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Ubisoft CEO promises 'structural shift' to address workplace toxicity

(Image credit: Ubisoft)

A little over a week after Ubisoft said that it is "looking very closely" into allegations of sexual abuse and misconduct made against multiple employees, CEO Yves Guillemot has issued a public statement promising changes including a shakeup of the editorial deparment, a "transformation" of its human resources processes, and better accountability among managers.

"The situations that some of you have experienced or witnessed are absolutely not acceptable," Guillemot wrote. "No one should ever feel harassed or disrespected at work, and the types of inappropriate behavior we have recently learned about cannot and will not be tolerated. To those of you who have spoken up or have supported colleagues, I want to be clear: you are heard, and you are helping drive necessary change within the company. 

"We have significant work to do to improve the ways in which we operate and collaborate, and I am personally committed to ensuring we make these fundamental changes. They need to be profound, and we need to implement them quickly at all levels of the organization."

Guillemot said that Ubisoft is looking to make a "structural shift" away from toxic behaviors. To help push that forward, he has appointed Lidwine Sauer, formerly a projects director in Ubisoft's Strategic Innovation Lab, as Head of Workplace Culture. Sauer, who will report directly to Guillemot, "is empowered to examine all aspects of our company’s culture and to suggest comprehensive changes that will benefit all of us."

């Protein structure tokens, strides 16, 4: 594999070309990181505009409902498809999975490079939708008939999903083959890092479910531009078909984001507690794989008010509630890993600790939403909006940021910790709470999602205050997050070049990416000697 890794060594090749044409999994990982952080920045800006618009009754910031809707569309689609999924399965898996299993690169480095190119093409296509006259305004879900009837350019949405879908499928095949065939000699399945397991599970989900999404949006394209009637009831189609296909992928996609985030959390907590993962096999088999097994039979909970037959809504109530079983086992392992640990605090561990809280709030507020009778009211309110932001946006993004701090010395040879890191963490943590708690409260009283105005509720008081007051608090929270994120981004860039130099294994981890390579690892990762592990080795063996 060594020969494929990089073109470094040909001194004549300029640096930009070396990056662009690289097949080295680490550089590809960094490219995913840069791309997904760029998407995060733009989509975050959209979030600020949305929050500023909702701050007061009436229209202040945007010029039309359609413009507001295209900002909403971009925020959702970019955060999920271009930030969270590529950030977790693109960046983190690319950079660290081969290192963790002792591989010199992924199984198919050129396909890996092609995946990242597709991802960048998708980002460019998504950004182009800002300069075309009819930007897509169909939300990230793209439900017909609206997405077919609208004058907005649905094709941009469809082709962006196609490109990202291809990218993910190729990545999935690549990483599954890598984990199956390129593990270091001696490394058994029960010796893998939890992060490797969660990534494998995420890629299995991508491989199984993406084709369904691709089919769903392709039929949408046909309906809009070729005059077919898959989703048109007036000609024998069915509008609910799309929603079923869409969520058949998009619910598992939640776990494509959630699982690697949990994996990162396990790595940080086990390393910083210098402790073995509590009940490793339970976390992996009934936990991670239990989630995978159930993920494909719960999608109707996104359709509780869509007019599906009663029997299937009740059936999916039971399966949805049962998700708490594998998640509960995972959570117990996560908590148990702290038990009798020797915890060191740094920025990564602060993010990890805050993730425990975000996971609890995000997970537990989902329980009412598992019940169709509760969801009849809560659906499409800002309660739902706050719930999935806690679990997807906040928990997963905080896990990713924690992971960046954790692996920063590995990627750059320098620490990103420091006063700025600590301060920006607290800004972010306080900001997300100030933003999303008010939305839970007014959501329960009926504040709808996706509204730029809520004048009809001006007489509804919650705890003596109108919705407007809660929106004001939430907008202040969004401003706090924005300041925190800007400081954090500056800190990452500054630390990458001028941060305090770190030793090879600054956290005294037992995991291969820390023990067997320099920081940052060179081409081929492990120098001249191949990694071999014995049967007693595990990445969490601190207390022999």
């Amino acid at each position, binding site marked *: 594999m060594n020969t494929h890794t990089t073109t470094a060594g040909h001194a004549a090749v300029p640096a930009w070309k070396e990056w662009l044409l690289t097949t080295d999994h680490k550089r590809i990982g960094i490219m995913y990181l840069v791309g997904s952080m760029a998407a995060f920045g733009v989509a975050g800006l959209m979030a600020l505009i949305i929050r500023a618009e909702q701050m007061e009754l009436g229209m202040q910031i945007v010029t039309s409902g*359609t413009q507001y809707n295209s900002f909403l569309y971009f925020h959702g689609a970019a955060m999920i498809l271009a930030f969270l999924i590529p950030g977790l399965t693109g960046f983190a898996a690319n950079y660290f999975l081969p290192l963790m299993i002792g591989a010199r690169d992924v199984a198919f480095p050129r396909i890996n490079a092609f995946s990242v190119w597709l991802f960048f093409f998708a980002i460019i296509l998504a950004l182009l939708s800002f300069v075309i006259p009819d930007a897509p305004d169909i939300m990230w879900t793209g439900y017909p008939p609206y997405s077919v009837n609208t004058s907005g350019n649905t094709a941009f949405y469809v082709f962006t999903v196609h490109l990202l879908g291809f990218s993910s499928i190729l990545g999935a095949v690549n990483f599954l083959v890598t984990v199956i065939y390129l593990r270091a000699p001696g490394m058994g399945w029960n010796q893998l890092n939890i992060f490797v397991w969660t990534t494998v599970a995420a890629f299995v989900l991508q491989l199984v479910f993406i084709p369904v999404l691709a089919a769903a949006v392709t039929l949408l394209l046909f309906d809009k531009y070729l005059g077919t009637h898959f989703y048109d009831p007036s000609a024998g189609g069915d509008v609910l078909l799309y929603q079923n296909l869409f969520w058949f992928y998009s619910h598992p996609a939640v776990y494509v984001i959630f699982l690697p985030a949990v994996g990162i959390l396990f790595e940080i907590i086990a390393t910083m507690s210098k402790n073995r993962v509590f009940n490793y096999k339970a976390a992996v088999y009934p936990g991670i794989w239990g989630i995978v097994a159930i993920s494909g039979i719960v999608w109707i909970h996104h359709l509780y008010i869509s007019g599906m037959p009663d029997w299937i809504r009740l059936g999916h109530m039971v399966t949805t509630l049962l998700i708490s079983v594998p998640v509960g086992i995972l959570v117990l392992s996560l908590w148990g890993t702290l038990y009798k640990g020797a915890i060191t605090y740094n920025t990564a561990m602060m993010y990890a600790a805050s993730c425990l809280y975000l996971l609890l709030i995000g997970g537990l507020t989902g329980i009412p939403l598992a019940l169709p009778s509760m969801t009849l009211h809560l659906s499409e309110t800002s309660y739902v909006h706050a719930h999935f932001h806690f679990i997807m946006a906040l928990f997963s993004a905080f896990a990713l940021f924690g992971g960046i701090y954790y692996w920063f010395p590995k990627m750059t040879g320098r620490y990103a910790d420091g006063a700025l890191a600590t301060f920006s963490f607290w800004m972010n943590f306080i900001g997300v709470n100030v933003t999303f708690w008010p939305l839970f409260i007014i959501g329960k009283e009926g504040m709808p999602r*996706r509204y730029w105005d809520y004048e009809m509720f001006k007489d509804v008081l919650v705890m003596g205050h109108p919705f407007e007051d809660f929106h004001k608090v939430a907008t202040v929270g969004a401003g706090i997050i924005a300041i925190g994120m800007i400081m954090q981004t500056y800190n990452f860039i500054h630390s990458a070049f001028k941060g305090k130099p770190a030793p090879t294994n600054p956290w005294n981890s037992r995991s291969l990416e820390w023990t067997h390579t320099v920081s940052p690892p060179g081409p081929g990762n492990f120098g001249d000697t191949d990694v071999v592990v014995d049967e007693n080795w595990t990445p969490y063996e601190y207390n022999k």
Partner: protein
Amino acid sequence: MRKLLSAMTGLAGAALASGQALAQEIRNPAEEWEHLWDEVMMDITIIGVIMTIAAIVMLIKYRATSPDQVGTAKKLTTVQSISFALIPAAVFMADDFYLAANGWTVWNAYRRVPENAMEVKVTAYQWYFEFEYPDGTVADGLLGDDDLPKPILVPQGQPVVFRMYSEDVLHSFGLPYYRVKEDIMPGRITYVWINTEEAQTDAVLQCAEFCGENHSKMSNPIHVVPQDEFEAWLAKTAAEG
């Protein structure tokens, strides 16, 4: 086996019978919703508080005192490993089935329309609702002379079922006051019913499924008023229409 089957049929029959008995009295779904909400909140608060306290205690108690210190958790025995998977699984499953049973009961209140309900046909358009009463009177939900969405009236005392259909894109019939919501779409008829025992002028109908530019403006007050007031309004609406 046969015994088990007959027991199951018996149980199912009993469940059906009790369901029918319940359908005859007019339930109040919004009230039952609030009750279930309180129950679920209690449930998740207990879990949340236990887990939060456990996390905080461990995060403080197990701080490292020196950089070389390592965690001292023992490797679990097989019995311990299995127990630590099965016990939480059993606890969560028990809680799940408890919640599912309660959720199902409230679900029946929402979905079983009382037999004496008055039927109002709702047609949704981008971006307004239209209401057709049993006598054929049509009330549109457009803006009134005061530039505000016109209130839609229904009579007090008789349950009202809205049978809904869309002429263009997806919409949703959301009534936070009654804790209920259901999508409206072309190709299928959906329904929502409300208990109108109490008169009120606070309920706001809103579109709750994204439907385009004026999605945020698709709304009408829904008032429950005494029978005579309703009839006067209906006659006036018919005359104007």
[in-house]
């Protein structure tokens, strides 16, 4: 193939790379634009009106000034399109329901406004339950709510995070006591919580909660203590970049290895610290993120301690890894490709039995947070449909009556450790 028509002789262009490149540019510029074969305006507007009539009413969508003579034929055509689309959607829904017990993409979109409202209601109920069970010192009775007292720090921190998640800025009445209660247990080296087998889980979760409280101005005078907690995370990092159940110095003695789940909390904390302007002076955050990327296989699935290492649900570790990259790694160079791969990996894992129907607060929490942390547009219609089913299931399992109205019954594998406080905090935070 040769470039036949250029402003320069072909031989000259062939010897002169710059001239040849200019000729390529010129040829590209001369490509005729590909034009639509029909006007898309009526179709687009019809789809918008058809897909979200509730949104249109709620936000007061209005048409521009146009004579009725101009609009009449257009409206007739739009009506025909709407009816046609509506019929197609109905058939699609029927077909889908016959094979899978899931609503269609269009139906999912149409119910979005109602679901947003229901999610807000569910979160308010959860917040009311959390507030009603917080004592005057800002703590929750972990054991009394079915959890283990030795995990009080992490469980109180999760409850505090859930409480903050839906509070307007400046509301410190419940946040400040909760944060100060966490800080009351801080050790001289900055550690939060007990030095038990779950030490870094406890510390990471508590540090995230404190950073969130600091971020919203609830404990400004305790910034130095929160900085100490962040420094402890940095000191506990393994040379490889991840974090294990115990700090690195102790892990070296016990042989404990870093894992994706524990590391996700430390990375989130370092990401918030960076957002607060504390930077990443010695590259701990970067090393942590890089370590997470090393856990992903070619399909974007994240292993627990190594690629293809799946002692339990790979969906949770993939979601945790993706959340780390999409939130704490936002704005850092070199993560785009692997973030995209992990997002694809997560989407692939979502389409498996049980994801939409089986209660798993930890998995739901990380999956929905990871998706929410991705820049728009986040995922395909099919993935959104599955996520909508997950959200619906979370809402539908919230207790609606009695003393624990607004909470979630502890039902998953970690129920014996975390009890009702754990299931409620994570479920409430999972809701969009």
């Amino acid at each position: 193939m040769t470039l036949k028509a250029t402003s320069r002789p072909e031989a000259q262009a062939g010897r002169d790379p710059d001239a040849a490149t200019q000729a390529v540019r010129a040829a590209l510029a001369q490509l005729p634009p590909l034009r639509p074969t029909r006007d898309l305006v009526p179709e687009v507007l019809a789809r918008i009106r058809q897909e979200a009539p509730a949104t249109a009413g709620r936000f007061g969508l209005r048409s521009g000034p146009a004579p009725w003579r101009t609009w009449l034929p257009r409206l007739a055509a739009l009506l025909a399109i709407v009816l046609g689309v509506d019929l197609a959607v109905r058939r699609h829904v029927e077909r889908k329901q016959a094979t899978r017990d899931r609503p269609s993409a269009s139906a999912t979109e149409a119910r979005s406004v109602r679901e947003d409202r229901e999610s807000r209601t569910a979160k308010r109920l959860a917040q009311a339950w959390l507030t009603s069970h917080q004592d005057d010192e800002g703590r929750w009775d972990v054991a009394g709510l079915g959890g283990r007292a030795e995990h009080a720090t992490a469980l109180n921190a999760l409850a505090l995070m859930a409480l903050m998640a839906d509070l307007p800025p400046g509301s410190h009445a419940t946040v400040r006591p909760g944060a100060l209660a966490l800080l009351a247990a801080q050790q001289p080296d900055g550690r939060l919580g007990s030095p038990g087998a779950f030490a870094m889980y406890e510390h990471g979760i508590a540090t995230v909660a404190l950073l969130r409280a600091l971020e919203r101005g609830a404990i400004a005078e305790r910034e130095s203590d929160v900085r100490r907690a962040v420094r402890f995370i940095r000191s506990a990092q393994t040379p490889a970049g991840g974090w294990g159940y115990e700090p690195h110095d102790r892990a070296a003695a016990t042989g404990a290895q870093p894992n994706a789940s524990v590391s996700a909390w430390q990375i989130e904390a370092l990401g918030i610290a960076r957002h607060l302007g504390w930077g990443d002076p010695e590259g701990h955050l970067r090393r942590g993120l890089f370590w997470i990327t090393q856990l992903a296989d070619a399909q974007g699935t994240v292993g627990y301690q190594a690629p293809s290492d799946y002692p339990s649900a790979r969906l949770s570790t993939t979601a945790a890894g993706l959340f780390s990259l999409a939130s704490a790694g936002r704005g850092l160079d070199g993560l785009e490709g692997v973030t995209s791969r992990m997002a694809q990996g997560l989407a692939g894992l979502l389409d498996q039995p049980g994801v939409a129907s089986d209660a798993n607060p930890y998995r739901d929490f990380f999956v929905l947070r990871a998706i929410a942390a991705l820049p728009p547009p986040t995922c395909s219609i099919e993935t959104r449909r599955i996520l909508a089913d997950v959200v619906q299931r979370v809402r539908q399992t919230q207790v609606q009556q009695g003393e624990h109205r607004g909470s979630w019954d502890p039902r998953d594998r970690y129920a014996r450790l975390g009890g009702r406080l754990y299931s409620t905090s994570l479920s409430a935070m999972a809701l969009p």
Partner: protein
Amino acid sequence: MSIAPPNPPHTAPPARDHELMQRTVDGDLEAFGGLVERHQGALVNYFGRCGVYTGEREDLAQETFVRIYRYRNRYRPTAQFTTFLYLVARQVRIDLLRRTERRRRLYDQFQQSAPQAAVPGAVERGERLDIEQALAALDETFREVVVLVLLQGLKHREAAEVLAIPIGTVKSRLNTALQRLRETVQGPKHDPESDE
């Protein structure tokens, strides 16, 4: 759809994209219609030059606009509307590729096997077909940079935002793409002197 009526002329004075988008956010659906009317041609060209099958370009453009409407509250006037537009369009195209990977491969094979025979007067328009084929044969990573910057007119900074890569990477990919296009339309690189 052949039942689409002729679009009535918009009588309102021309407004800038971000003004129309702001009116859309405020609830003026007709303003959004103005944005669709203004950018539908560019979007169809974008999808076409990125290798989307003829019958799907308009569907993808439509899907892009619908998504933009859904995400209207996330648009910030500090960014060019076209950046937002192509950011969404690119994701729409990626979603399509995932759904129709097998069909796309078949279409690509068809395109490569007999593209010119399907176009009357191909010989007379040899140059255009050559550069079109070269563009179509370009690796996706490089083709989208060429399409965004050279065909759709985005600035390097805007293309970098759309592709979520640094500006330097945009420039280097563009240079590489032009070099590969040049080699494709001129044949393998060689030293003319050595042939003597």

Ubisoft will also hold a series of "listening sessions" across all its locations, moderated by external parties, will create and launch a global, anonymous survey, will employ an external consulting firm to review and and improve its procedures and policies, and is creating a new Head of Diversity and Inclusion management position, which will also report directly to Guillemot.

As for the claims against some of its employees, which include accusations of sexual assault, Guillemot said that investigations by external agencies are still underway.

"I know that many of you are eager to hear the results of these investigations," he wrote. "However, we must take the time necessary to ensure that they are carried out with the required rigor. When they are concluded, all appropriate actions will be taken. Should additional allegations or claims be brought to our attention, we will fully investigate those, as well."

Ubisoft has also set up a confidential online platform, administered by Whispli, that will enable employees and "external individuals" to report harassment and other inappropriate behavior. Complaints will be reviewed by a committee made up of a CSR (corporate social responsibility) committee and legal experts.

Andy covers the day-to-day happenings in the big, wide world of PC gaming—the stuff we call "news." In his off hours, he wishes he had time to play the 80-hour RPGs and immersive sims he used to love so much.